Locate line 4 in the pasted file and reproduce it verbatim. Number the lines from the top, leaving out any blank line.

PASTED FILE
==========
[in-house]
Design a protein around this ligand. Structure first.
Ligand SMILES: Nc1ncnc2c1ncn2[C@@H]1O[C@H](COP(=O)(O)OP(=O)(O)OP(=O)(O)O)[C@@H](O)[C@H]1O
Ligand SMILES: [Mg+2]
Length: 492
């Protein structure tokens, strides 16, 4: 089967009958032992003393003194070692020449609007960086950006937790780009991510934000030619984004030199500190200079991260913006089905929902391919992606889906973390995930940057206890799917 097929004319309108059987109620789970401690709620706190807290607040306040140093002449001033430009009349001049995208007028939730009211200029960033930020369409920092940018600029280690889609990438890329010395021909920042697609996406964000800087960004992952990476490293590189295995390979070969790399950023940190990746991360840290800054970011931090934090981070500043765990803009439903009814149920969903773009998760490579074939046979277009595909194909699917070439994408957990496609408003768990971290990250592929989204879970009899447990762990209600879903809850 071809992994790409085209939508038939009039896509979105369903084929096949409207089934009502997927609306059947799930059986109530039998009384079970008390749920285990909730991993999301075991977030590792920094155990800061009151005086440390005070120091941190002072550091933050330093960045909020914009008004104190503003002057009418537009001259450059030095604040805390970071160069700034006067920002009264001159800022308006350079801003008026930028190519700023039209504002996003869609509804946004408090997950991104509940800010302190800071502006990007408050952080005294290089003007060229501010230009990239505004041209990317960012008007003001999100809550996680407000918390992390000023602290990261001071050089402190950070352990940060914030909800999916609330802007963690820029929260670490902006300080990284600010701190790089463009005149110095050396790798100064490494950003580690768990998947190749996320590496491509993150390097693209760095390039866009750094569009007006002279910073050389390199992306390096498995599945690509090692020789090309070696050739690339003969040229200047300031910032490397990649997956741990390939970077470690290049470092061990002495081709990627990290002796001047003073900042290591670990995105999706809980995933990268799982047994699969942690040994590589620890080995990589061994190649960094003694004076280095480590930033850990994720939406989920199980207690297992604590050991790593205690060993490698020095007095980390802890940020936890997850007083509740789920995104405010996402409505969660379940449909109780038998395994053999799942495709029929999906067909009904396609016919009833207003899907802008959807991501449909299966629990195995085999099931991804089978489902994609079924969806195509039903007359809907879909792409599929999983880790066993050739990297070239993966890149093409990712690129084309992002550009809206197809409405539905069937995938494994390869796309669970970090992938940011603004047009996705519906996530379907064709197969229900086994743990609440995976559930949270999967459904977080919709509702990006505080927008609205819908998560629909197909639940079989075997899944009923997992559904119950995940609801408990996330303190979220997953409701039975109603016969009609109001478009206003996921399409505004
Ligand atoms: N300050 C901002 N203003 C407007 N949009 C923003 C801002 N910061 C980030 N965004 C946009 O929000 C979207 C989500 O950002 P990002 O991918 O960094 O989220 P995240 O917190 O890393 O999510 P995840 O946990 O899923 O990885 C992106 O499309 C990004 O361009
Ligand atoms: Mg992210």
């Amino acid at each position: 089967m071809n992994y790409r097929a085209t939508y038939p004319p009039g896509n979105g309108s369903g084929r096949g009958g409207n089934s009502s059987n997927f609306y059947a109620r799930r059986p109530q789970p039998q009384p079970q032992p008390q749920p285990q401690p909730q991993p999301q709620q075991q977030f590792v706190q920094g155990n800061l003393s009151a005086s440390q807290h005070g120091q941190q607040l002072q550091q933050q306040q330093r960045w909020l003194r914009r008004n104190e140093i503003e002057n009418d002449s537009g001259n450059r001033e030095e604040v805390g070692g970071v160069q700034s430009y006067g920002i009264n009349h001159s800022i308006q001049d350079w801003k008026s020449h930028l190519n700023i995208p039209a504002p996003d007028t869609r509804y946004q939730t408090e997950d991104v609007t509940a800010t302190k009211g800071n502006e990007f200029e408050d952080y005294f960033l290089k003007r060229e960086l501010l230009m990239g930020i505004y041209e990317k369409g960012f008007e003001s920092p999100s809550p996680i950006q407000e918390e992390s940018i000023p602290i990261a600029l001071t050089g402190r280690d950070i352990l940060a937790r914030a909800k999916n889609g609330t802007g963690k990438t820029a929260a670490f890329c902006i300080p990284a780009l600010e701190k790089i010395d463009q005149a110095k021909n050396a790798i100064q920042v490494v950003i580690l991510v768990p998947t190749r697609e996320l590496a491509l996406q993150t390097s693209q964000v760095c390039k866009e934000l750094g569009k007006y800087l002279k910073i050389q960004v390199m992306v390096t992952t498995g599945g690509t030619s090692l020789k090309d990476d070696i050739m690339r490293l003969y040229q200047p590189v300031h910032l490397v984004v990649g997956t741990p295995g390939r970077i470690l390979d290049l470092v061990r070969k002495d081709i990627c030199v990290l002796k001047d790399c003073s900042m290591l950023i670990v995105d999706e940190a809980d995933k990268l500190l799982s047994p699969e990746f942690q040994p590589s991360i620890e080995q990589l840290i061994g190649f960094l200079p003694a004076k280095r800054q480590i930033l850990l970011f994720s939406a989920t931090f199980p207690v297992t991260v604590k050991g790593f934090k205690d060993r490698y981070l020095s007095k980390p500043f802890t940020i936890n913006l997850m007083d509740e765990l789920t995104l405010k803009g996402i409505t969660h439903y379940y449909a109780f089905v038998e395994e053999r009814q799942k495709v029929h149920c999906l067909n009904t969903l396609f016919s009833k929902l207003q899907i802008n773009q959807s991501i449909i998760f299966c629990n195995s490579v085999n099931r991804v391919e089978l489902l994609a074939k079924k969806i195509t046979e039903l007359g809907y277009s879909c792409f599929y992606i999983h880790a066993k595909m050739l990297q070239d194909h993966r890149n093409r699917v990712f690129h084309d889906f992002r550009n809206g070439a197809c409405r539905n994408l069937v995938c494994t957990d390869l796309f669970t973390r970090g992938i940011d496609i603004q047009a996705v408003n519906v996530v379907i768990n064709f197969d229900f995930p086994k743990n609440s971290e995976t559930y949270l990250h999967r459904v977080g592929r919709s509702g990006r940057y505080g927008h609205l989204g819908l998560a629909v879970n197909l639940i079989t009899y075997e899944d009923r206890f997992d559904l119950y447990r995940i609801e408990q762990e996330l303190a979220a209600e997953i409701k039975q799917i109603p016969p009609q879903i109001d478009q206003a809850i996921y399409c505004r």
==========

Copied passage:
Ligand SMILES: [Mg+2]